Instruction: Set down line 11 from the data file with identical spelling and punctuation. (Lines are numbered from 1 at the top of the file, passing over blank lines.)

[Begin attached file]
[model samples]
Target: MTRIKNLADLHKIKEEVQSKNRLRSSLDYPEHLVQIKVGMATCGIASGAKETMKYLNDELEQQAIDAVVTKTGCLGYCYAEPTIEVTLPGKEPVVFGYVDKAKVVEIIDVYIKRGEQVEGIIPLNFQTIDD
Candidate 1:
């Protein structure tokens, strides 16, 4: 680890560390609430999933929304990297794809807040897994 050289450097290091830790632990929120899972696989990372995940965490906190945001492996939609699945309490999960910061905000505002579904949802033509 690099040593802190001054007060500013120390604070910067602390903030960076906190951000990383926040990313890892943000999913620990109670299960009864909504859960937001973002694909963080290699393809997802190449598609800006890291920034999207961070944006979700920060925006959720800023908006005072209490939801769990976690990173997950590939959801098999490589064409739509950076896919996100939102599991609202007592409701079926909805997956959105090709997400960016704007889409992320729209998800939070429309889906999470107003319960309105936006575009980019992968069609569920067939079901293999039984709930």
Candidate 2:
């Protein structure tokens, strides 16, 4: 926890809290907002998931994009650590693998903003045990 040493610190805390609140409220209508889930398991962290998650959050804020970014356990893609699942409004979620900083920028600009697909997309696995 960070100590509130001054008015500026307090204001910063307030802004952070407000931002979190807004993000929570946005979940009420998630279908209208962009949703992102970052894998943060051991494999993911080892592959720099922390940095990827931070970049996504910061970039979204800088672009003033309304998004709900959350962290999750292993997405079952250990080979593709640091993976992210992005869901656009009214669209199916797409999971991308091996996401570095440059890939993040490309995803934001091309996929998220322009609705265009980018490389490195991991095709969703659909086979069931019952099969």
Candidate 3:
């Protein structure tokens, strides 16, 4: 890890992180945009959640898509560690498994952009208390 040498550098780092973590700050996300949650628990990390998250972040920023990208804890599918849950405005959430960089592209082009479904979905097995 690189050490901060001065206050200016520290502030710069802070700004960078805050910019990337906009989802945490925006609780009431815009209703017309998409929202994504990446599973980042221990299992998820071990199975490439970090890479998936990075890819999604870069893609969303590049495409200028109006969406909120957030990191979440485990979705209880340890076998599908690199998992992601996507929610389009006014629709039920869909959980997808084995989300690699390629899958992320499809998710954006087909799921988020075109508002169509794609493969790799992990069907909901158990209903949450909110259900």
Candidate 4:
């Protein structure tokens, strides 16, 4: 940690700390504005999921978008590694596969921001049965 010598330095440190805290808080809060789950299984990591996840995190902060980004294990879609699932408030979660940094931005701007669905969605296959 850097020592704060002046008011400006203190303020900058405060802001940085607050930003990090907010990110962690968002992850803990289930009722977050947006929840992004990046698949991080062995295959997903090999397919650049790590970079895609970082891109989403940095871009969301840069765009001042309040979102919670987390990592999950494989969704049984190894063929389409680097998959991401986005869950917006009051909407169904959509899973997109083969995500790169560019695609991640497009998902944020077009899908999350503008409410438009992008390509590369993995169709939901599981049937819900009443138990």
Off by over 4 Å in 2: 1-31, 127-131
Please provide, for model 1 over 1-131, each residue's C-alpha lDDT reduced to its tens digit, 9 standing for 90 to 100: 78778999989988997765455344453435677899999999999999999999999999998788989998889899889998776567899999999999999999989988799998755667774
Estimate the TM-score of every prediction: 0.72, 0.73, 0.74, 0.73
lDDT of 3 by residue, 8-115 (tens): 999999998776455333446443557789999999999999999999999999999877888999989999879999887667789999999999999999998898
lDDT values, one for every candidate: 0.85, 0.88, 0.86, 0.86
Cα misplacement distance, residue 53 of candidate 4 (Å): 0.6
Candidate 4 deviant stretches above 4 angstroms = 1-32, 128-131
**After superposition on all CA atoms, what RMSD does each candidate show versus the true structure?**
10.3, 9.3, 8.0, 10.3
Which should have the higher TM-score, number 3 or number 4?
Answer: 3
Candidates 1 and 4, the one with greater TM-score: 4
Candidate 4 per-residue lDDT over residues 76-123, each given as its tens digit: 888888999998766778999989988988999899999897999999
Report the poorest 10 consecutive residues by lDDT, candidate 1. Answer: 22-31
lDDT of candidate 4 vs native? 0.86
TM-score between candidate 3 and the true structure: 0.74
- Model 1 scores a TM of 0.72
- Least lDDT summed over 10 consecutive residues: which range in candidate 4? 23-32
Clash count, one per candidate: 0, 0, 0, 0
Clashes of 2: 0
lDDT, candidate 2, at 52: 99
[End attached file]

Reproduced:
Off by over 4 Å in 2: 1-31, 127-131